STEM for Girls: Overcoming Stereotypes

As I read the summary of this study about the early emergence of gender stereotypes in my daily news break, I took a screenshot and sent it to my husband. I wrote the caption, “Our daughter won’t fall into this bucket.” He wholeheartedly agreed, and a political state of world dialogue followed; but rather than go to the rabbit hole, I will focus on the article.

In the study, girls and boys were told about a most brainy individual and were asked to guess which photo represented this person-one, a photo of a man, and a woman. At age five, the outcomes were consistent with a typical behavior in this age group to show a positive bias in their own gender. But at the age of six, both women and men believe that man is this brain individual. Also, other studies have shown that at the age of six, girls begin to avoid games that are considered for the most brainwashed children.

STEM Encouragement for Girls

As a woman, and a mother of a daughter, the results of this study make it difficult to read. As parents looking to raise a girl who speaks her mind and embraces her desires, it is only to encourage my husband and I that we need to continue to give weight to these exact idea. This is also why we fully support it NEW for girls, and try to include it in our daughter’s game as much as possible, until she is old enough to choose her own interest. He was still shy of both, but clearly cut our work for us parents to test these stereotypes and raising children with confidence and driving to set new rules.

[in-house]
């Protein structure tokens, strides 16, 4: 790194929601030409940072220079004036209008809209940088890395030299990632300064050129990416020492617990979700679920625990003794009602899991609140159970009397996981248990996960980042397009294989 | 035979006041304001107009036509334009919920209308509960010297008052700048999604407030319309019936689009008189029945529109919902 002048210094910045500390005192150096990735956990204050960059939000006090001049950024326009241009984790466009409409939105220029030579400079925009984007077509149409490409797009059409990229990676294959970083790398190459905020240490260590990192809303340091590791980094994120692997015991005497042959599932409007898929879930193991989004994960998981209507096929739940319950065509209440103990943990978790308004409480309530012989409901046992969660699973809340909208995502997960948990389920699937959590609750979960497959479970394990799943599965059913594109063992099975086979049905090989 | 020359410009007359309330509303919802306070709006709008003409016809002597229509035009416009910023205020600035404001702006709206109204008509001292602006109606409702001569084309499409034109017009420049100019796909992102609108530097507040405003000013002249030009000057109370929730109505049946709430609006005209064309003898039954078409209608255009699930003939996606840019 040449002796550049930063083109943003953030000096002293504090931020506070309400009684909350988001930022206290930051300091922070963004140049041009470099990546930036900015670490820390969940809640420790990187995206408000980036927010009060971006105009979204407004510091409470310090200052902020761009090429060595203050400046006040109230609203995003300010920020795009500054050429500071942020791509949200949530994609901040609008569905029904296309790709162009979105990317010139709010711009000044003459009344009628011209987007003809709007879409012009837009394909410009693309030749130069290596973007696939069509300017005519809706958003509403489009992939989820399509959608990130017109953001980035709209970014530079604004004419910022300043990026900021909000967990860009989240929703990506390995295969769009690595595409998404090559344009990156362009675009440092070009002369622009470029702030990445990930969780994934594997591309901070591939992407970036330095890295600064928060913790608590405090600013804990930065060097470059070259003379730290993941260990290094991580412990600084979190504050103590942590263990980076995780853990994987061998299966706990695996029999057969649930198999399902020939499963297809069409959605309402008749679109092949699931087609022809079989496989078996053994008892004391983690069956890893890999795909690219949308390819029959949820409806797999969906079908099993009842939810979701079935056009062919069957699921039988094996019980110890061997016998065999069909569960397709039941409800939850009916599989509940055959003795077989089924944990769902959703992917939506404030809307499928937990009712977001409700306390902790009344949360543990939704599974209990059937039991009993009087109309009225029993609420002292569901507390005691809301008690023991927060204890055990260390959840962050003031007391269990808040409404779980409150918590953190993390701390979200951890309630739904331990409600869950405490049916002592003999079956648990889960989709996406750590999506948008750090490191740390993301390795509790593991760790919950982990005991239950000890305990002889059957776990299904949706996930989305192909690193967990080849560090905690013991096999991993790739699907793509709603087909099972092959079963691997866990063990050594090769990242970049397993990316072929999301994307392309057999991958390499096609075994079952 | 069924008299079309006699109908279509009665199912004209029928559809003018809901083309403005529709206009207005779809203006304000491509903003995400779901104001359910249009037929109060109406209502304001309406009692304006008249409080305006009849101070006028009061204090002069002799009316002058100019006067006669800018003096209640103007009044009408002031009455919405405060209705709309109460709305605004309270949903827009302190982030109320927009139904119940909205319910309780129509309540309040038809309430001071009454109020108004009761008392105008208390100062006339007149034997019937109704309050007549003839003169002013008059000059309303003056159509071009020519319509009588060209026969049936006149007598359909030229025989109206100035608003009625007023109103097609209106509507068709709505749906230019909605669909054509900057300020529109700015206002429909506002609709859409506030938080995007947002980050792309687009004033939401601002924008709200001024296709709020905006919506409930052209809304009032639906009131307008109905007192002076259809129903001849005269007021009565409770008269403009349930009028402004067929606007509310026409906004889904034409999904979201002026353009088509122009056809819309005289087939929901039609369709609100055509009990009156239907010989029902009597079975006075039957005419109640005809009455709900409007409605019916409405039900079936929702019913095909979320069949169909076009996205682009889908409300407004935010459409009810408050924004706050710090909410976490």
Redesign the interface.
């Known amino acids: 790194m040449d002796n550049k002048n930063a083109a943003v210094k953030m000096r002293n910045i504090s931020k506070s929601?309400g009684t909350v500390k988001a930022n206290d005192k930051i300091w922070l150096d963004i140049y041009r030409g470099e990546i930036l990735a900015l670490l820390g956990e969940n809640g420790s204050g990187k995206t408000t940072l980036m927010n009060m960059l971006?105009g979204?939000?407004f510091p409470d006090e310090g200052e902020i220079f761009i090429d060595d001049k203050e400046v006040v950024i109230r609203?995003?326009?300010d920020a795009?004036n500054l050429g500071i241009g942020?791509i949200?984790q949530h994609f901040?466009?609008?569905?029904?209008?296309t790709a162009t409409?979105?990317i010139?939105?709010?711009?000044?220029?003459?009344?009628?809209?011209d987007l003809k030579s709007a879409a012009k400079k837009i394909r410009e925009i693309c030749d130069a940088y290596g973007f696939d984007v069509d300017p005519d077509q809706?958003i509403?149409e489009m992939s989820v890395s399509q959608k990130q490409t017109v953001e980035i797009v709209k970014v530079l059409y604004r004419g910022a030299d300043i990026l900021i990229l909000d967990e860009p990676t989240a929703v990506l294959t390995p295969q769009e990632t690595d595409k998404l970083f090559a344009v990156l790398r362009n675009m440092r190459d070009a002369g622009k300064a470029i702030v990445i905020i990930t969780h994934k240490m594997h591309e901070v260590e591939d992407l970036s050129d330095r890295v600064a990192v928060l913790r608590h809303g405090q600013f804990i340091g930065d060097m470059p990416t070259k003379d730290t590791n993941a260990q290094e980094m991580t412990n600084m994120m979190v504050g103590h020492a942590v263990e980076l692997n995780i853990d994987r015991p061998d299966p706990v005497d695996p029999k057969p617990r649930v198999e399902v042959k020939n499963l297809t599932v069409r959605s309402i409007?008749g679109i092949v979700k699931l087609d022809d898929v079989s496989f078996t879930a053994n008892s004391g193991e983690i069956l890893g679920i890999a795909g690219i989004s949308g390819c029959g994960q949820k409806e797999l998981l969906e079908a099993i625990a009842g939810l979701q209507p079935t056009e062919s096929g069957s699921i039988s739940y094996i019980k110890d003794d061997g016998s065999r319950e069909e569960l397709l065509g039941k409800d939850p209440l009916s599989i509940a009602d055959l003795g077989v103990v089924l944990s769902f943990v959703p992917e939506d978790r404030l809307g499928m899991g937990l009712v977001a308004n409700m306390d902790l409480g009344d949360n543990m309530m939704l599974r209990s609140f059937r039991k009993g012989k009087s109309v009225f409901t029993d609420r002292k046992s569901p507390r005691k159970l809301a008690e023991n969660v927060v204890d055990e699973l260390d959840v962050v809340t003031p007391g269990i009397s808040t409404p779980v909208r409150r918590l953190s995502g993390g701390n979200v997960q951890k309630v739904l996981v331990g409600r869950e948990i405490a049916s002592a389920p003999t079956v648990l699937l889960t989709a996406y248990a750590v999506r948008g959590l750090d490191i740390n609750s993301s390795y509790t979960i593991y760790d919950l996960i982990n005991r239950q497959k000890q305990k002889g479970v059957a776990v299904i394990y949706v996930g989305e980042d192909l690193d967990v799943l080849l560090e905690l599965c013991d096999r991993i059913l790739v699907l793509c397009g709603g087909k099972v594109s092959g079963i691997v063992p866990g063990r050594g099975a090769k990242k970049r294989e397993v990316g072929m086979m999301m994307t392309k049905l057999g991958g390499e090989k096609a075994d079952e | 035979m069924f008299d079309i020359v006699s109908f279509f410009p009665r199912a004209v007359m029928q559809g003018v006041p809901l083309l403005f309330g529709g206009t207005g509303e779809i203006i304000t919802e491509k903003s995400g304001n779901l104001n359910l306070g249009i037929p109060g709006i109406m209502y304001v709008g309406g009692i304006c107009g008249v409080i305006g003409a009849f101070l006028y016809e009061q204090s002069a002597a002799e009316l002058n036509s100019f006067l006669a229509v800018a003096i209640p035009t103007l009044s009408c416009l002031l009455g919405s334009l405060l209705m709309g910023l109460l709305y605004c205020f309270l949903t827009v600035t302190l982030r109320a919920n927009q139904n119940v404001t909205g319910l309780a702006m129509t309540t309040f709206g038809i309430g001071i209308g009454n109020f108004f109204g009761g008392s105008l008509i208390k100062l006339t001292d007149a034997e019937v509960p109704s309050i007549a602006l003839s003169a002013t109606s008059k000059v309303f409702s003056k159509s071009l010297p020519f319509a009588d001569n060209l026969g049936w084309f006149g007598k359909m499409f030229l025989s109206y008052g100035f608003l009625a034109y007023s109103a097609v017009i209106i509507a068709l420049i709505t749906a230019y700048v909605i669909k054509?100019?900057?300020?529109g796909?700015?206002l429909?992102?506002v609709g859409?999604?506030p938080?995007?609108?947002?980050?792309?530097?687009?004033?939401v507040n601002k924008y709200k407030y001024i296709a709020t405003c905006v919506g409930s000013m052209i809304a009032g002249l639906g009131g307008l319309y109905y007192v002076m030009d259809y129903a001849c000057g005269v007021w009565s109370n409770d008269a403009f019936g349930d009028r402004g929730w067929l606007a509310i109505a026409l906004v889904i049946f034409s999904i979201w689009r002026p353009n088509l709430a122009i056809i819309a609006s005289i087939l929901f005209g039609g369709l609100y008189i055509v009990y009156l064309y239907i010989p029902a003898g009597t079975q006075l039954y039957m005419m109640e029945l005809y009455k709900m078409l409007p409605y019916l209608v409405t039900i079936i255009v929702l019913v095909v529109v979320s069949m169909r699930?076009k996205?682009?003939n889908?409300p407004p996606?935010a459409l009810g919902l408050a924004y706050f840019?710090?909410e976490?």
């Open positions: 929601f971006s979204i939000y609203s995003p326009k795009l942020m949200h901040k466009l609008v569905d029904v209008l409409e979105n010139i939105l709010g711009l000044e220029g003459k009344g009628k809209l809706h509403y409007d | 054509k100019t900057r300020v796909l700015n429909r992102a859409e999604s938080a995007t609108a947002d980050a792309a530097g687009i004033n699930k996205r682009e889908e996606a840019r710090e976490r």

So, is STEM for girls – and more specifically, for my daughter? Yes, absolutely, with whatever he wanted to explore. And now even more so, my husband and I are determined not to let our daughter fall into this bucket, believing that beauty is natural or has a tendency to men rather than women. That is why we strive to provide both the wise women and men of our society as well as those around her on a daily basis. We both show him that hard work pays off, with the hope that the combination of seeing it in action, along with support, will give him the confidence to pursue his interests no matter what stereotypes say.

Editor’s Note: This post was published in 2017 but has now been updated.

Webinar: A Parent’s Guide to STEM Education

Along with the special guest, Dr. Anita Greenberg, CEO and founder of Pleasures of Science, we explore the benefits of introducing your child to STEM early, activities, books, and games that can help, and how STEM can help prepare your child for positive outcomes in the future.

I am Laura a first mom, employee of Bright Horizons and a foodie who loves to cook, travel and laugh. In my free time, I like to pretend I know how to use my DSLR like a pro and do all things creative (main DIY-er here). I’m excited to share some ups-and-downs of being a parent as my husband, two dogs and our latest addition exploring life as a family with five families!

In addition to STEM for Kids

Source link

Leave a Reply

Your email address will not be published. Required fields are marked *